Energy Smarting J Street?

To say that the Israeli-Palestinian, Israeli-Arab conflict has been an intractable element of international politics is an understatement along the lines of saying that George the W’s Administration hasn’t been weak on Global Warming. It is hard to state these sad truths wrongly enough.

Sadly, the United States’ ability to be a positive player in seeking to achieve a more positive set of relationships within the Middle East has been distorted through a defining of “pro-Israeli” too often in a way that represents only a very narrow spectrum of Israeli opinion and in a way that too often is likely to be undercutting long-term Israeli & US interests. Just formed/announced, J-Street seeks to change this equation.

“For too long, the loudest ‘pro-Israel’ voices in this country have been those on the far-right,” says Jeremy Ben Ami, who today announced the launch of J Street—the first PAC with a corresponding lobby to give pro-peace, pro-Israel Americans a voice in American politics and in the policy process.

Now, rather than filling one in on the policy agenda items and getting into the “I-P” conflict in some detail, let us talk about an arena that is not explicitly one of the ten “policy issues” but perhaps should be: how Energy Smart concepts could fit into fostering a more secure and more peaceful Middle East: for Israelis, Palestinians, other Arabs, and America(ns).

This discussion will only touch the tip of the iceberg of potential. And, to be clear, the concept that sustainable energy could transform the prospect for Middle Eastern peace is far from original with this author. (Not even a start of a taste … Re-Thinking the Mediterranean; Environmental NGOs & Palestinian-Israeli Cooperation; etc …) In the face of Peak Oil, amid Global Warming, and the reality of ever heightened tensions, the ‘sustainability’ path might be core to finding a path toward sustainable peace in the region.

Let us postulate a few things.  Whether state creation myth or otherwise, Israel has:

  • Successfully “greened” the desert and conducted significant reforestration;
  • Developed advances in desert agricultural techniques that, at times and in places, they have ‘exported’, with technical assistance, to other nations/societies;’
  • Have deployed renewable energy (especially solar hot water) and have companies that are leading edge in some renewable energy domains.

And, much like the Jewish Diaspora, a good number of Palestinians (in diaspora and otherwise) have found solace and opportunity in the pursuit of education, including technical and engineering education.  If Israel/Israelis have been leading edge in some technical domains and in desert agriculture, if the bridges can be made, Palestinians could be strong partners for strengthening that technology and ‘exporting’ technology/techniques through a large swath of the world.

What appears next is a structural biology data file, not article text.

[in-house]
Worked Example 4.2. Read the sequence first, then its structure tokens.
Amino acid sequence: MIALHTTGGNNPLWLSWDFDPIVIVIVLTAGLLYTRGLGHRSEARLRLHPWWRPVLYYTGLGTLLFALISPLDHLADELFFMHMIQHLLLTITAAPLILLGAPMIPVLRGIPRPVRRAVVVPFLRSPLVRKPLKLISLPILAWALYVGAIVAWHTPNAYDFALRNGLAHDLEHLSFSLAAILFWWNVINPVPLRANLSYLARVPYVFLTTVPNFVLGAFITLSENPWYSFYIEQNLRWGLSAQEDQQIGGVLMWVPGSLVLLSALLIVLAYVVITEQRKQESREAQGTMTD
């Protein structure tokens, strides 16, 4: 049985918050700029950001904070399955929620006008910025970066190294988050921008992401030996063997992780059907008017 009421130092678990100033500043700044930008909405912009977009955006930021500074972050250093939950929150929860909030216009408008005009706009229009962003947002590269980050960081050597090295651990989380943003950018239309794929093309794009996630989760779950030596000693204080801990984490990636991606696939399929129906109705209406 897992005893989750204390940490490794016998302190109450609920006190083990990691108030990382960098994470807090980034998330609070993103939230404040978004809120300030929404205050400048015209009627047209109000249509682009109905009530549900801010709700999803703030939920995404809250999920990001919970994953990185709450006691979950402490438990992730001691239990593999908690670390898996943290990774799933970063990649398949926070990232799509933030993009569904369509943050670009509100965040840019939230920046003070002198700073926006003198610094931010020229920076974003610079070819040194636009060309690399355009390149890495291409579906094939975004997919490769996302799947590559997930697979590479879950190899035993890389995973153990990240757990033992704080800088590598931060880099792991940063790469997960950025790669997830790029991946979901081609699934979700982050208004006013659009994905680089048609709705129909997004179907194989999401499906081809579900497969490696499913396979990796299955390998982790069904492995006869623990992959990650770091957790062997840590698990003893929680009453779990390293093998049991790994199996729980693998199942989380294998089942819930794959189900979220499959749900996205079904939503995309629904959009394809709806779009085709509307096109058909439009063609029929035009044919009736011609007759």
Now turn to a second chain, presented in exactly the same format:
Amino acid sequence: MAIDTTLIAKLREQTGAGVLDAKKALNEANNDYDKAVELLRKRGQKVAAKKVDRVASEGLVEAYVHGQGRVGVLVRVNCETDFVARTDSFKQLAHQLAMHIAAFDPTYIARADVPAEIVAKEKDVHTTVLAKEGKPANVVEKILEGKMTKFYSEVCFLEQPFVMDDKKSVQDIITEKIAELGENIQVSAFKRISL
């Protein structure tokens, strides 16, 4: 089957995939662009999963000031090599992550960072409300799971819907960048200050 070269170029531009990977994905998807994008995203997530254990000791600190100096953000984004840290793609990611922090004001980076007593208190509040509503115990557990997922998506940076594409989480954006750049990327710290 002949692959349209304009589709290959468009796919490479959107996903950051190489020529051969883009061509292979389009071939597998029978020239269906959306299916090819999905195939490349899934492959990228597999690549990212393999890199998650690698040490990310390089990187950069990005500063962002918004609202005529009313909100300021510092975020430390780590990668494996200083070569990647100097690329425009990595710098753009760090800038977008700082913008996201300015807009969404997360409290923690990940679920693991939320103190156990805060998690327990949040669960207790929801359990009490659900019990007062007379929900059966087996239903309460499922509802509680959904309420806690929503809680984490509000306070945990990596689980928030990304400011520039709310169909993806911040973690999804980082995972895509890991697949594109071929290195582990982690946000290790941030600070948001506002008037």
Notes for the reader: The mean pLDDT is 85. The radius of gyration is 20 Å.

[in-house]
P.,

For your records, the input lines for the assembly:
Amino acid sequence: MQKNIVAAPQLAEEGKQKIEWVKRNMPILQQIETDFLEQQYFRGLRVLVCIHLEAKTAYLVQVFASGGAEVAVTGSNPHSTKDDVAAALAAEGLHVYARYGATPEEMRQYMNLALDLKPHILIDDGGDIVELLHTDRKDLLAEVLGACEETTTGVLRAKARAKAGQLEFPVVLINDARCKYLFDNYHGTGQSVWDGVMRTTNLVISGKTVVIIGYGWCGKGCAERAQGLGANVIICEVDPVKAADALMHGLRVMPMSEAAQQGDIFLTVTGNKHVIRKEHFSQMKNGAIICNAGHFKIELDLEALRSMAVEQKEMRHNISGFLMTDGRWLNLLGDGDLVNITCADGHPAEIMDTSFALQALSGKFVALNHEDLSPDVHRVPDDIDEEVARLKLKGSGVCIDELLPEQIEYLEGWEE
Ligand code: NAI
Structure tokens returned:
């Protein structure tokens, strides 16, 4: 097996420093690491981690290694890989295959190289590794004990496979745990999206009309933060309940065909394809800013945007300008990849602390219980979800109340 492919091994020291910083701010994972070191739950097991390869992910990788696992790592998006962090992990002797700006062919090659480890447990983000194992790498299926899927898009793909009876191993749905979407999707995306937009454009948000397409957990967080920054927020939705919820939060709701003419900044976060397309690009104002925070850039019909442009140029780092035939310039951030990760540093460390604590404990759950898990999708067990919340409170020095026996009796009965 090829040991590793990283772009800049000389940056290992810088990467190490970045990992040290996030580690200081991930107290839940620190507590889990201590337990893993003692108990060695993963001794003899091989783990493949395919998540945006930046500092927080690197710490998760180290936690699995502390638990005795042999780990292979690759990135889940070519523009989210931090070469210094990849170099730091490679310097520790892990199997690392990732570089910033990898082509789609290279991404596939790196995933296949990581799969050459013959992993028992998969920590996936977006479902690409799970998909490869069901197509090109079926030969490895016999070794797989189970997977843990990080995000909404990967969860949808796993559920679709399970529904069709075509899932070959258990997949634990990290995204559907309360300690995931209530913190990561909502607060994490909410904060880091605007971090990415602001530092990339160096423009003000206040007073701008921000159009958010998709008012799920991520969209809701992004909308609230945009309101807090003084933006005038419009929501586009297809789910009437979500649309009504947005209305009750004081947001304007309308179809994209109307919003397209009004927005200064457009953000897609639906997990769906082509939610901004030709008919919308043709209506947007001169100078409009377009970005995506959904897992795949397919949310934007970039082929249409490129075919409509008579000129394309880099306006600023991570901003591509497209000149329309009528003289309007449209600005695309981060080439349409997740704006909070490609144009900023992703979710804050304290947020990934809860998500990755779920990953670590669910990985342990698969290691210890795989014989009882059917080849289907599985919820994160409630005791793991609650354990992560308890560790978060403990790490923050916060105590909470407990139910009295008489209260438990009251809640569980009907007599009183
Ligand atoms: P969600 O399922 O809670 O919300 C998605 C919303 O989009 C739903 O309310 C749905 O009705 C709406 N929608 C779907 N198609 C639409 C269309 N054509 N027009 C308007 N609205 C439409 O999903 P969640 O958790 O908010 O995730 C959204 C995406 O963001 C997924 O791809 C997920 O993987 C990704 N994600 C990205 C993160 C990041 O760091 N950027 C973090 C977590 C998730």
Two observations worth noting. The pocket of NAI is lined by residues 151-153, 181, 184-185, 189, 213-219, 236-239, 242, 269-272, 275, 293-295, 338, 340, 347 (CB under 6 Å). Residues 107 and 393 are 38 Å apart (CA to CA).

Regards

But, what are some of these visions and techniques. Why should they matter?

Let’s take a look, for a moment, at Desertrec/TREC, a European vision for a renewable energy project that would link from Iceland to Saudi Arabia.  One of the core technologies to be used would be concentrated solar thermal power (CSTP) for generating electricity. CSTP, which is getting a bit of attention (for reason), has the potential for quite serious benefits beyond just the cleanly generated electricity:

  • Desalinization of water as a ‘by-product’ of electrical power generation
  • Shaded areas under the mirrors of CSP plants are protected from the full glare of harsh tropical sunlight and may be used for many purposes, including horticulture using desalinated sea water.

Now, by the way, a number of Israeli companies have leadership positions in CSTP, such as Zenith and Brightsource.  Hmmmm …

Rather relying on oil or other polluting sources for electricity, from Saudi Arabia through Morocco (including Israel), imagine CSTP providing the electrical power.  Imagine the jobs that would be created to build and operate the systems. Imagine, the farmland that could be created with the water coming from these plants. Imagine this as a path toward reduced tensions.

Imagine, if … Imagine if a leadership stepped forward within Israel (prompted by friends of Israel, like J-Street) to foster CSTP electrical power generation in the Gaza strip, providing not just reliable non-polluting energy but also a source for fresh water and good jobs.  To provide not just electricity, but also a building block toward sustainability, including toward sustainable piece.

Will Israeli security be better served through an ever greater impoverishment of Palestinian populations or through fostering a path toward economic betterment among those with whom Israelis (eventually?) want to have peace?